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Vacation in Edlington

Besides great sights, an interesting history and many exciting destinations, Edlington has a lot more to offer. Here you will find many helpful tips to enjoy your vacation in Edlington.

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Sights in Edlington

Edlington is a town in the Metropolitan Borough of Doncaster, South Yorkshire, England. It had a population of 18,576 at the 2011 Census.

Edlington is situated some 4 miles (6.4 km) north of Doncaster town centre, on the border with Derbyshire. It is twinned with Blaubeuren in Germany.

The town has a long and varied history dating back to the Roman occupation of Britain. The name Edlington is derived from the Old English Ēadwulfingtūn, meaning “estate of Eadwulf”.

The parish church of St James dates back to the 12th century, although it was extensively rebuilt in 1866.

The town hall was built in 1841, and the market place followed in 1857. The presentday Sprotbrough Road was laid out in 1859.

Two Methodist chapels were built in the town in 1869.

The” Manor and Castle” car park in Edlington is the site of Edlington Castle, a 12thcentury motte and bailey castle, which was later converted into a manor house. The castle was owned by the de facto King of England,William the Conqueror’s greatgrandson, William Rufus, who died in a hunting accident in 1100.

The manor then passed to his brother Henry I, who granted it to his soninlaw, Robert, 1st Earl of Gloucester. The castle was subsequently owned by a number of noble families over the centuries, before being bought by Sir George Wake in 1620.

The manor house was demolished in 1709, but the ruins of the castle motte and bailey are still visible. The site is now a Grade II listed building and a Scheduled Ancient Monument.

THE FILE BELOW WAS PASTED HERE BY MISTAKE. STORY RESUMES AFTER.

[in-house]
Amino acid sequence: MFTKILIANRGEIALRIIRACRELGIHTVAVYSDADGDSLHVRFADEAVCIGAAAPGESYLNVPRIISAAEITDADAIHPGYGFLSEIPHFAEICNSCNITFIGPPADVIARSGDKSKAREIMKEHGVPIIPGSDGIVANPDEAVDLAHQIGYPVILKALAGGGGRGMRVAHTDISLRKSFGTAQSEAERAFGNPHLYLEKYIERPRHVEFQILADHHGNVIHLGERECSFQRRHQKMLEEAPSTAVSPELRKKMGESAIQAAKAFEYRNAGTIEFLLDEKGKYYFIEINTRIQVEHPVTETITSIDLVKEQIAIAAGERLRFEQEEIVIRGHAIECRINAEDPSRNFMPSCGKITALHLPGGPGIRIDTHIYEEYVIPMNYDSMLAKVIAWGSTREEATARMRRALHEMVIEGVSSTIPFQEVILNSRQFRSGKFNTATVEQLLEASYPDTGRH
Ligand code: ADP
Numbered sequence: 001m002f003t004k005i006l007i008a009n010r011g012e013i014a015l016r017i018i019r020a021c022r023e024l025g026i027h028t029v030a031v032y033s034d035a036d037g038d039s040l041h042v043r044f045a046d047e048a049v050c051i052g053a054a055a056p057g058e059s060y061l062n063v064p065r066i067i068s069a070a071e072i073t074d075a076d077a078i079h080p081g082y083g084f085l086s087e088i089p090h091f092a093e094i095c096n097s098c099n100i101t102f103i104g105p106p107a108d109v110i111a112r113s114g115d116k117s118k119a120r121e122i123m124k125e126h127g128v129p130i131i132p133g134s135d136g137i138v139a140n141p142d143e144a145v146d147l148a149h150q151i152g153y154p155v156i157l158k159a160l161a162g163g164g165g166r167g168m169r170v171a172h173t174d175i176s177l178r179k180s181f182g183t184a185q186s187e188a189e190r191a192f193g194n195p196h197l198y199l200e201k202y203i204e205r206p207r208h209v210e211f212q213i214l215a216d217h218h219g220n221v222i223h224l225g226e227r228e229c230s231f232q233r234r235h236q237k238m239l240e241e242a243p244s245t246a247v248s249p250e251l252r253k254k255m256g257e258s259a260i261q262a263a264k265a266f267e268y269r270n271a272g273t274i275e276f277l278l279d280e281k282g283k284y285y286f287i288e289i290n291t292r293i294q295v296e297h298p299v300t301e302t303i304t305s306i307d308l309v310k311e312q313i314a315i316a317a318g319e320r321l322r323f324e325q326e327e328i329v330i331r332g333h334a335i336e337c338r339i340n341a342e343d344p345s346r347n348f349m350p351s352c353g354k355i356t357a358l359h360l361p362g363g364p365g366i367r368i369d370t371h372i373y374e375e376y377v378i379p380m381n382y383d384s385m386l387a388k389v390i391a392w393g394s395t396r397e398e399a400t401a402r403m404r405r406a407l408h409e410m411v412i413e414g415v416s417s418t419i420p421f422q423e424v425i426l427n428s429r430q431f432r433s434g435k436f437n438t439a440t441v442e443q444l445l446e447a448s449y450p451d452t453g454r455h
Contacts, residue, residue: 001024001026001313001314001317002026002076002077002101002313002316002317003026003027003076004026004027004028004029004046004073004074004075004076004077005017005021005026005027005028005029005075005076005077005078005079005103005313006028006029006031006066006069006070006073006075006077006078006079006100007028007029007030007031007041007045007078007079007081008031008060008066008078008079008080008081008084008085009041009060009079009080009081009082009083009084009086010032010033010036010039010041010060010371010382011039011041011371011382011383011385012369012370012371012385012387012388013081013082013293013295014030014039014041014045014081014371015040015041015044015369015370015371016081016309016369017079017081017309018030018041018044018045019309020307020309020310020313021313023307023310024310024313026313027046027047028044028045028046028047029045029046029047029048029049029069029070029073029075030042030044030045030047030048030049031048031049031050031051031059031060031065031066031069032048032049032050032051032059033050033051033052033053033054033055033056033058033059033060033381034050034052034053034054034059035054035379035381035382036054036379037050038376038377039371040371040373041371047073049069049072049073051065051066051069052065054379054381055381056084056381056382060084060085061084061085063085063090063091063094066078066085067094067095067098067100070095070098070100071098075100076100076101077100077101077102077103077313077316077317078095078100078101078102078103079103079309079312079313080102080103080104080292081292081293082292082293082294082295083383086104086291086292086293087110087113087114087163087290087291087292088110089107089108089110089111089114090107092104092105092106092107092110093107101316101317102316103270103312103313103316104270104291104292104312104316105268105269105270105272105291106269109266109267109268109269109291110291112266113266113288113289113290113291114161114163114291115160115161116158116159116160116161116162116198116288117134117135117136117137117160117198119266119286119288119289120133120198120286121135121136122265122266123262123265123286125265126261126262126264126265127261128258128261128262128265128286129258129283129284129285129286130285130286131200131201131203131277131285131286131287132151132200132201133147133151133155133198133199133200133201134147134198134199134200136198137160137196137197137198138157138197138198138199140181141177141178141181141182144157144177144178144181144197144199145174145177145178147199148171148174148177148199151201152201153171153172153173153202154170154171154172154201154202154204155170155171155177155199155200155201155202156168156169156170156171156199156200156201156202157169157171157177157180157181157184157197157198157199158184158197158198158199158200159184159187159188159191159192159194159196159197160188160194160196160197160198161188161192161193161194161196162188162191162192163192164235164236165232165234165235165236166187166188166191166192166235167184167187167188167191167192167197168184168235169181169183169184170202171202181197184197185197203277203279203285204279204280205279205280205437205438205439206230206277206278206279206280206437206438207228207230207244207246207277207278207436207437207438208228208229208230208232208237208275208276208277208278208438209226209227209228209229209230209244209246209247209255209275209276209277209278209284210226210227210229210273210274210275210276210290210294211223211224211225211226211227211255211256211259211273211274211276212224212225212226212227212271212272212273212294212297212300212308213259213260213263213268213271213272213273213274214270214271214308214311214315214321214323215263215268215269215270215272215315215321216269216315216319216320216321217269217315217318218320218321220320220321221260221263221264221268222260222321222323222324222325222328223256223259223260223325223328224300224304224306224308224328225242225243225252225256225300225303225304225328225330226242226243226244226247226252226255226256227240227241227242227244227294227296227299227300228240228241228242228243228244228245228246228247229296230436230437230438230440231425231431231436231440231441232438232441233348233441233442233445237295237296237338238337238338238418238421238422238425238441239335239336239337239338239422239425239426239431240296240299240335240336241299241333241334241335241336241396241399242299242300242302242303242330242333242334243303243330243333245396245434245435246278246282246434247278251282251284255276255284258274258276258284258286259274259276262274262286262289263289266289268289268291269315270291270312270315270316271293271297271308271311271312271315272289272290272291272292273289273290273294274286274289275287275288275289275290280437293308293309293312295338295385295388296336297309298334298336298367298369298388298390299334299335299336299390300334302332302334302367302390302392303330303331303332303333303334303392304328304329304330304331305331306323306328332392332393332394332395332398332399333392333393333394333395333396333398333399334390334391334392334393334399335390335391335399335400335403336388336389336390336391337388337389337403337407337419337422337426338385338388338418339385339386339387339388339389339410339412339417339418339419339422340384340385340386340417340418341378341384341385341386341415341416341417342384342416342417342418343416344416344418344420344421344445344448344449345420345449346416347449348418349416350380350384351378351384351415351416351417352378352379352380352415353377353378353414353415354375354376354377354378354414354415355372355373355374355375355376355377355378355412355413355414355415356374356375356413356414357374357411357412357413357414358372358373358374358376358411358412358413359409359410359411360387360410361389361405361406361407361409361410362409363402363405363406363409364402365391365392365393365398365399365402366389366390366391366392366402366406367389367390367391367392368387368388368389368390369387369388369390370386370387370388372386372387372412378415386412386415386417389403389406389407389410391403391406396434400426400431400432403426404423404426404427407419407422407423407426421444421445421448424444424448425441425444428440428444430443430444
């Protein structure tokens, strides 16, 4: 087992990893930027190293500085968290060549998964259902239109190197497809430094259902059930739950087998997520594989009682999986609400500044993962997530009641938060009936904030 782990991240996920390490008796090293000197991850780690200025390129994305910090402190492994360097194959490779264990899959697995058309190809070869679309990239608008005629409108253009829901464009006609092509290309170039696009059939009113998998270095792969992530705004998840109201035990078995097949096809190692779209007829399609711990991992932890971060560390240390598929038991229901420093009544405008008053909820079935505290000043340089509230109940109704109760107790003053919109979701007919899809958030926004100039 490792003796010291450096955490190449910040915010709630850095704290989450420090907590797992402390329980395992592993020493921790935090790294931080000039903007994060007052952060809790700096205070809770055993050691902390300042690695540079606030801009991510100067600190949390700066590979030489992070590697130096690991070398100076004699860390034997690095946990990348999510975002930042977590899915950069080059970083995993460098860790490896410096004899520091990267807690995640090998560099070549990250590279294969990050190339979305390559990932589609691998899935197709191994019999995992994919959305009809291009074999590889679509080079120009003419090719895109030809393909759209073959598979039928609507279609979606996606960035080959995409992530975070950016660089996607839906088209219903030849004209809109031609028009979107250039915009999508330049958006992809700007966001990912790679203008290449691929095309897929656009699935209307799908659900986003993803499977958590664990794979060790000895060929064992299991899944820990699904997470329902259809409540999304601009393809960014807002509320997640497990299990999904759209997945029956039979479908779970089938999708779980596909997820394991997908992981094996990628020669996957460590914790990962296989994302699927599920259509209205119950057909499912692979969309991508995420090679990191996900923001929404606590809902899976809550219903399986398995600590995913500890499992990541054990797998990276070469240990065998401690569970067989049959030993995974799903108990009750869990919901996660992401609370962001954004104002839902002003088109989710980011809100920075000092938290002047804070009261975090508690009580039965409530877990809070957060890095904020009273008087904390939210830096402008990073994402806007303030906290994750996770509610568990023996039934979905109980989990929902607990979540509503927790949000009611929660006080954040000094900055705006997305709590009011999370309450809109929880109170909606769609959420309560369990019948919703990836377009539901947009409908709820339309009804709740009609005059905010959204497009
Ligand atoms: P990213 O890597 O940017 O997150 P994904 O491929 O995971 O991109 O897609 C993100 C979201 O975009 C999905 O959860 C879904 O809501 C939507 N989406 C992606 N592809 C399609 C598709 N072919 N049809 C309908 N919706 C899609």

The Edlington Bombardment of 1642 took place during the English Civil War. Parliamentary troops under the command of Lord Fairfax bombarded the Royalist garrison in the town, causing considerable damage.

Edlington was once an important coal mining town, with seven pits in operation at the peak of production in 1913. The last pit, Maltby Main Colliery, closed in 1993.

The former colliery site is now being redeveloped as the “Maltby Lakes” nature reserve, managed by the Wildlife Trust for Sheffield and Rotherham.

The origins of the annual Edlington Gala are uncertain, but it is thought to date back to the early 20th century. The event is held on the second Saturday in June, and features a parade through the town, as well as stalls, games and entertainment.

Edlington is also home to the Edlington Victoria Brass Band, which was formed in 1868. The band rehearse at the Band Hall on Church Street, and perform regularly at concerts and competitions throughout the year.

History of Edlington

The Edlington area has been settled since at least the Bronze Age, with a number of Bronze Age burial mounds still visible in the landscape. The Roman road from Caerleon to Chester ran through the area and there is evidence of Roman settlements in the Edlington area.

After the Romans left Britain, the area was settled by the AngloSaxons. The name Edlington is thought to derive from the Old English ‘Eadulfingtun’, meaning ‘Eadulf’s farmstead or estate’.